The end of the press release?

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Have you ever worked for a company that issued press releases? Perhaps you’ve been on the side that generates them, or maybe you’re responsible for reading each of them to stay breast of what your company is doing across the board.   Or maybe, like most people, you don’t care about press releases, because you’d rather get a whole story, not just a few facts and quotes strung together in a brief few paragraphs.  Well,  regardless of your familiarity with these items, the tech powerhouse GE  is looking to move away from press releases and into more  narrative storytelling for its brand promotion and facts.

“The ultimate goal is to retire the press release,” said Tomas Kellner, Managing Editor of GE’s external blog GE Reports.  The press release is “a great holder for facts, but you’d never want to read one. We want to tell stories.”

Wow. Storytelling is front and center in today’s branding game, and with all the platforms for storytelling like Pinterest, Tumblr,  etc. out there,  it’s easier than ever for brands to tell their stories in more palatable ways than putting out a press release and hoping journalists will bite and do a story.  Yep, you see it coming:  The end of journalism as arbiter of what the public knows about a company, how it’s covered and when.  Kellner was speaking to Sam Slaughter at Contently,  another kind of media platform, and you can see the published interview HERE. While you’re there, check out their coverage of ‘the end of journalism.”

1-3-5: Planning for the future

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Do you have a five-year plan? How about a 3-year plan?  Any idea what you want to accomplish in the next year?  Well, if you don’t, maybe you should.  That’s not just my personal opinion,  that’s science.  Research shows that planning  things and thinking about what you’d like to achieve will actually help you acheive them.  Personal case in point:

When I learned about a progam that allowed students to spend a semester in Washington, D.C., during my freshman year of college, I  carefully laid out a plan to ensure my participation in that program. It meant I had to budget my time wisely, sign up for classes right away so I could get into the ones I needed as they were offered, and take the right kinds of classes to get the required number of credits necessary for the Washington Semester.  My advisor helped  with this (a good advisor is crucial to planning as a college student), and by the time my junior year ended, I only needed one more semester of college credit and I was able to go to DC to earn it.  This good bit of foresight helped me stay on track with graduation when, at the end of that D.C. semester I had a stroke and couldn’t do much of anything, let along think about college.  To this day I credit the experience as what really helped me see the value of planning.   I found a goal, did what I needed to obtain it,  and enjoyed the rewards of setting and accomplishing that goal. To be sure, as evidenced by this same story, life doesn’t always go according to plan.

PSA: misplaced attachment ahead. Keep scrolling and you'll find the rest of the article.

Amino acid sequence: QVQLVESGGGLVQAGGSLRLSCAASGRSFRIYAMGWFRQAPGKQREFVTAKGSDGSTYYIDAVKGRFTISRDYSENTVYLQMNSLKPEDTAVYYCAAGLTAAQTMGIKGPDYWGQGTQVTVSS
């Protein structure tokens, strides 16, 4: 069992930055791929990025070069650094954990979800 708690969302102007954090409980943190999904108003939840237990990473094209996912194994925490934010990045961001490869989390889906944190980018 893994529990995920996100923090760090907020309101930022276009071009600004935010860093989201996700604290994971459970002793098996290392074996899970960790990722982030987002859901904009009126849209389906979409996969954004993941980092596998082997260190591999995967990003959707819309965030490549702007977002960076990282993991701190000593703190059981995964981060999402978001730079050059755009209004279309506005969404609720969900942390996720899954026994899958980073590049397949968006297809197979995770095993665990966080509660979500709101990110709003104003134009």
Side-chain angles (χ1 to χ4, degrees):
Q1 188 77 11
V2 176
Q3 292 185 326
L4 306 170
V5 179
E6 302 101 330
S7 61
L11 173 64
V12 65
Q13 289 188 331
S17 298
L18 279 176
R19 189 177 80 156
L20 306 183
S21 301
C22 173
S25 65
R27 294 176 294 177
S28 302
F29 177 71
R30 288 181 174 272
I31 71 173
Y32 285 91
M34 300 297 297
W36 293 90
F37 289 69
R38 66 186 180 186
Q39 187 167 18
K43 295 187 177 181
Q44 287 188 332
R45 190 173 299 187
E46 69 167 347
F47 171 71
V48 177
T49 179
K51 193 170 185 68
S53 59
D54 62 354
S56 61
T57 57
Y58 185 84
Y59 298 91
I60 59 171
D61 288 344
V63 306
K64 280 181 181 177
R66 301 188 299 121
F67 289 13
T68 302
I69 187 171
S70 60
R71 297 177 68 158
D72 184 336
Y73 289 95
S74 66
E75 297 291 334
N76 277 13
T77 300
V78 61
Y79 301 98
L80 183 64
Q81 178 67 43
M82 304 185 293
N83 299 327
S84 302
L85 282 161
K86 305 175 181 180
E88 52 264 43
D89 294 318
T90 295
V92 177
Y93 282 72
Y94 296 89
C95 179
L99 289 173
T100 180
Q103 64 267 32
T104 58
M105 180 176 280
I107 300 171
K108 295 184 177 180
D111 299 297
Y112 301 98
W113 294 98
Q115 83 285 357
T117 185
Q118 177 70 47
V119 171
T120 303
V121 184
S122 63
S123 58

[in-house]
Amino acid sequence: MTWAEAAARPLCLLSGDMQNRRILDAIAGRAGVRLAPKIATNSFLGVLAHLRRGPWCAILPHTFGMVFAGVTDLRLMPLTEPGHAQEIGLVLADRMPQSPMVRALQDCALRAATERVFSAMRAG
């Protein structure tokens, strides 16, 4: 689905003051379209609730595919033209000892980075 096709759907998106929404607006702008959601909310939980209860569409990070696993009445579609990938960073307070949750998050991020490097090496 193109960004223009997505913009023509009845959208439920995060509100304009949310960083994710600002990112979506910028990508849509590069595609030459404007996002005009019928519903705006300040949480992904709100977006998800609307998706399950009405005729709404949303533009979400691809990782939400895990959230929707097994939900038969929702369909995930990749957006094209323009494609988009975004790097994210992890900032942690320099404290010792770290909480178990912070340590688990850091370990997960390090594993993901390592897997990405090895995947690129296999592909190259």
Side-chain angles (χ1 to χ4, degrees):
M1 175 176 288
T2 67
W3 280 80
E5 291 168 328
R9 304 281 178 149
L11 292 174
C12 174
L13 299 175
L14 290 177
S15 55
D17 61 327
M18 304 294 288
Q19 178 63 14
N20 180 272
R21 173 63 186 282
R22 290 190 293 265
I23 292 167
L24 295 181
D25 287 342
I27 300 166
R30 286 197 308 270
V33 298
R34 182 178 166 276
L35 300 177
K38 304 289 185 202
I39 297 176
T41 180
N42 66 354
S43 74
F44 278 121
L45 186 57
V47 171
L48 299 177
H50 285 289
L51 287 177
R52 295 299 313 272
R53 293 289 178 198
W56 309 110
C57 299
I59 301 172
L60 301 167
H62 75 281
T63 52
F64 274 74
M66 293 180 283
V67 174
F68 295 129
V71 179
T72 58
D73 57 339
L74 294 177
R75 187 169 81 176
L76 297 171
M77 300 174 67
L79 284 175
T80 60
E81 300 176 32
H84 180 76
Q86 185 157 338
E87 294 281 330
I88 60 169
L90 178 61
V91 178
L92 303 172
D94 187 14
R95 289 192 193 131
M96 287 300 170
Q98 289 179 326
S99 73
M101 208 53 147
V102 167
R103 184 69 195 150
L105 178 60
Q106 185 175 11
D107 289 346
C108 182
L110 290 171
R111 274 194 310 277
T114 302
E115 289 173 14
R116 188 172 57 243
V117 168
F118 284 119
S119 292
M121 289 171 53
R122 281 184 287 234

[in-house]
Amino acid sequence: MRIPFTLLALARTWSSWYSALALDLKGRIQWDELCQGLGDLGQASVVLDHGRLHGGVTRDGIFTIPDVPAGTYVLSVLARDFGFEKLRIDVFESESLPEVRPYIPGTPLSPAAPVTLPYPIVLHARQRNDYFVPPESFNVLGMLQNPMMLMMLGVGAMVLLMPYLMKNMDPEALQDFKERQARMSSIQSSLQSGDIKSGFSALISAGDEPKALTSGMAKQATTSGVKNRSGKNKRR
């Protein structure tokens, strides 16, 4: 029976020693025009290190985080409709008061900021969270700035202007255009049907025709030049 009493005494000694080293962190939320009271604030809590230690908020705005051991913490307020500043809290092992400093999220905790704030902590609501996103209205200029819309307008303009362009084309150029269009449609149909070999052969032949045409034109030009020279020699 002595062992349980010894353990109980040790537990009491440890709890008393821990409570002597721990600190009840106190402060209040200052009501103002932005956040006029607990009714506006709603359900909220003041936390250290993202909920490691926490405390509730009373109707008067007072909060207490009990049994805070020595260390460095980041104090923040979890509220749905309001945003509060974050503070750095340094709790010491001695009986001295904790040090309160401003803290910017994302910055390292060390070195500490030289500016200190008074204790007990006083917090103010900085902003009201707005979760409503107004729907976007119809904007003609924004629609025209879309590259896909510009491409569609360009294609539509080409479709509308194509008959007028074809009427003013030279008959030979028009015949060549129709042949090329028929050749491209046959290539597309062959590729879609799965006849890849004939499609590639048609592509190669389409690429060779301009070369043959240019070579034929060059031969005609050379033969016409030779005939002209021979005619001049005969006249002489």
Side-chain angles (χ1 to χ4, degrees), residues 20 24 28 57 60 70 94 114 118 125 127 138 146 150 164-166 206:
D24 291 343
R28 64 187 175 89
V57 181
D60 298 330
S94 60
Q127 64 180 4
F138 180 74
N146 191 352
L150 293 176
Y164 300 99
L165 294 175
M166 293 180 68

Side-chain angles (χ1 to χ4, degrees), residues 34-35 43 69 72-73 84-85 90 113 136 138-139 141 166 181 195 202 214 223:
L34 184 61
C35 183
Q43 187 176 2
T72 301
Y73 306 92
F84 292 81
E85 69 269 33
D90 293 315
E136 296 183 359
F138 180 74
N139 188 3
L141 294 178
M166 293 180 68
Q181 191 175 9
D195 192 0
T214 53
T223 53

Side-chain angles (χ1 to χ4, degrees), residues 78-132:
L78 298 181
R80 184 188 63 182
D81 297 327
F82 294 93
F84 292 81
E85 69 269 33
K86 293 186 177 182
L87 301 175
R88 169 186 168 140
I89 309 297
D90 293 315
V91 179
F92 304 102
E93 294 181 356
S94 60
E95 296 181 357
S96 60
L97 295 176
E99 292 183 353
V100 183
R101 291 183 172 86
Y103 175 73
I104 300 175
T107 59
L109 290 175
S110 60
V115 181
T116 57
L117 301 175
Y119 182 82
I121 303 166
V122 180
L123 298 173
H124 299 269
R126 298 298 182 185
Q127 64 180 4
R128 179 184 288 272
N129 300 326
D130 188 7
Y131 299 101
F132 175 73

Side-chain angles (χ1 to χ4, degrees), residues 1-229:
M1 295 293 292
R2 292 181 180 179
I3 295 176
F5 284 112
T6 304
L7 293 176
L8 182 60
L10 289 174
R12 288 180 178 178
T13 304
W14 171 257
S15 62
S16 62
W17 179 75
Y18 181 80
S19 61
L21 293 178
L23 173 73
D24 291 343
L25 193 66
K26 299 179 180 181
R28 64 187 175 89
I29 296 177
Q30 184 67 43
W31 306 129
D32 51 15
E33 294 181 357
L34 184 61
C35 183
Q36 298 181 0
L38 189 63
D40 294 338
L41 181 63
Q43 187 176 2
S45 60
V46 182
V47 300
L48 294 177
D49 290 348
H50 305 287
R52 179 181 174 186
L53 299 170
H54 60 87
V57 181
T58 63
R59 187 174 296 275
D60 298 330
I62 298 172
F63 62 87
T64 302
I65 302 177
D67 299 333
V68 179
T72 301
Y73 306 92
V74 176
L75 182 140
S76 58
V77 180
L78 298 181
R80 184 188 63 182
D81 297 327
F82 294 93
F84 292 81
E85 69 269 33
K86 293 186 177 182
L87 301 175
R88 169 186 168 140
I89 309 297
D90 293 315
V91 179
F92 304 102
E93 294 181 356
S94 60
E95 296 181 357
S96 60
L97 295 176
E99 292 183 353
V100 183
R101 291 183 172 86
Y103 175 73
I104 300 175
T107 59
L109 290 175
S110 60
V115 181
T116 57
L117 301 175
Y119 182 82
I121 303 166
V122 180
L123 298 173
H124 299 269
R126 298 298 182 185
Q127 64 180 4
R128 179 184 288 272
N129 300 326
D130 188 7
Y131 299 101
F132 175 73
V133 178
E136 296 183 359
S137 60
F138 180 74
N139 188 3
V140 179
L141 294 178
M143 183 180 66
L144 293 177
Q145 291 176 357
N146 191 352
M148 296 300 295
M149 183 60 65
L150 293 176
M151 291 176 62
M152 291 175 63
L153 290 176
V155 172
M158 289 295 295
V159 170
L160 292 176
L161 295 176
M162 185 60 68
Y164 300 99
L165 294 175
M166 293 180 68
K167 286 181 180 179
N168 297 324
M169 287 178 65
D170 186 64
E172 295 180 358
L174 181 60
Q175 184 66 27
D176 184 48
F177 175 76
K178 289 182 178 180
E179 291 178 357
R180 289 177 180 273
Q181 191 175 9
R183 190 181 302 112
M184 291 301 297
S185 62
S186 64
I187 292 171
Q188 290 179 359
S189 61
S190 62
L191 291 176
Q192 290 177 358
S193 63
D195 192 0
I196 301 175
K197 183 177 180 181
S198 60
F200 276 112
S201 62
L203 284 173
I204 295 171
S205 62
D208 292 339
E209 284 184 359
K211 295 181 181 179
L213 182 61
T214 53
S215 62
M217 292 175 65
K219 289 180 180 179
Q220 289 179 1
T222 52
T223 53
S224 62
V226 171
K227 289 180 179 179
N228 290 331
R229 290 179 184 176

As I recovered from my stroke I had to learn how to type (and drive, and do all kinds of things) again, and my dreams of journalism pretty much limped along as I did.  For a while I felt like goal-setting and planning were a waste of time, since life throws in unforseen diversions that can’t be planned for.  Despite all this, I still I agree with people who talk about their 1-year or 3-year or 5-year plans.  Working toward something and falling short or failing is better than not having anything to work toward, and just drifting aimlessly. 

However, while  I fully believe that goal setting is good, ambition is good, and positive thinking is good,  being too sure of things can lead to unfulfilled expectations.  

I used to date a guy who said  that whenever he got too excited about things they either a) never happened or b) didn’t happen the way he wanted them to, and he was let down.  At first this sounded sad to me, but eventually I came to see that his ability to temper his excitement with reality served a strong purpose: it helped him cope with life, even when things were good.  So yes,  planning and dreaming is good, but too much of a good thing can, well, become a bad one. And too much of a good thing, in a hyper-false way, can definitely become an annoying one.